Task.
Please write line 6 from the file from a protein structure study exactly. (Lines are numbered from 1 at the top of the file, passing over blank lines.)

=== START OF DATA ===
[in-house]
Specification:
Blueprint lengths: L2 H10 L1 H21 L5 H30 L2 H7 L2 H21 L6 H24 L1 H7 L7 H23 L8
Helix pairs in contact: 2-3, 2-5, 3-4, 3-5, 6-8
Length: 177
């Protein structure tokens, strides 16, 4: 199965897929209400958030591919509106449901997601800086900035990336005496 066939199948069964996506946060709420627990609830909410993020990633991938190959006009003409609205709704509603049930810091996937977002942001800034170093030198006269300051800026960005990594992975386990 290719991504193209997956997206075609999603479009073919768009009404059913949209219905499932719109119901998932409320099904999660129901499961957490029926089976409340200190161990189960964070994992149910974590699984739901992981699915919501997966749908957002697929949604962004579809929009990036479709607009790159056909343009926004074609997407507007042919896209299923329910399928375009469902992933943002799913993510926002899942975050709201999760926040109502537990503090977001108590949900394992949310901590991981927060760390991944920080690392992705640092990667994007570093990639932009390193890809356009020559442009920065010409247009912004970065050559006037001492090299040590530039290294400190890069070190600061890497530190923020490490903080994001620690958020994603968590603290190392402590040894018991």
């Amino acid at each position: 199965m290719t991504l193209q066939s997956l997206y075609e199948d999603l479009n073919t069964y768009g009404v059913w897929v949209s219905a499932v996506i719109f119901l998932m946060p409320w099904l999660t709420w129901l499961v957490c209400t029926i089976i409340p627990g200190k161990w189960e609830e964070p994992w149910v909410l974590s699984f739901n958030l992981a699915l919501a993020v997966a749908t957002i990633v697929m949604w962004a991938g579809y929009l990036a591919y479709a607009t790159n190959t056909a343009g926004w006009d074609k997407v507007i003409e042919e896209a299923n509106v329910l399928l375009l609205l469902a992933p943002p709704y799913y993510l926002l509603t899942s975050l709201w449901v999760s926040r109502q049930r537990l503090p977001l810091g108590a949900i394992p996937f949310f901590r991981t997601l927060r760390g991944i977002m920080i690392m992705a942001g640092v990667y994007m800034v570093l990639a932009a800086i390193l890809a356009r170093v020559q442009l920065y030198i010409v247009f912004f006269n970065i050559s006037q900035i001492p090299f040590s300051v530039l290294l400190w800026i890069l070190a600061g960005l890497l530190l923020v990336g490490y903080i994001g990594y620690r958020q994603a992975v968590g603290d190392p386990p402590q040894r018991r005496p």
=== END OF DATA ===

């Protein structure tokens, strides 16, 4: 199965897929209400958030591919509106449901997601800086900035990336005496 066939199948069964996506946060709420627990609830909410993020990633991938190959006009003409609205709704509603049930810091996937977002942001800034170093030198006269300051800026960005990594992975386990 290719991504193209997956997206075609999603479009073919768009009404059913949209219905499932719109119901998932409320099904999660129901499961957490029926089976409340200190161990189960964070994992149910974590699984739901992981699915919501997966749908957002697929949604962004579809929009990036479709607009790159056909343009926004074609997407507007042919896209299923329910399928375009469902992933943002799913993510926002899942975050709201999760926040109502537990503090977001108590949900394992949310901590991981927060760390991944920080690392992705640092990667994007570093990639932009390193890809356009020559442009920065010409247009912004970065050559006037001492090299040590530039290294400190890069070190600061890497530190923020490490903080994001620690958020994603968590603290190392402590040894018991």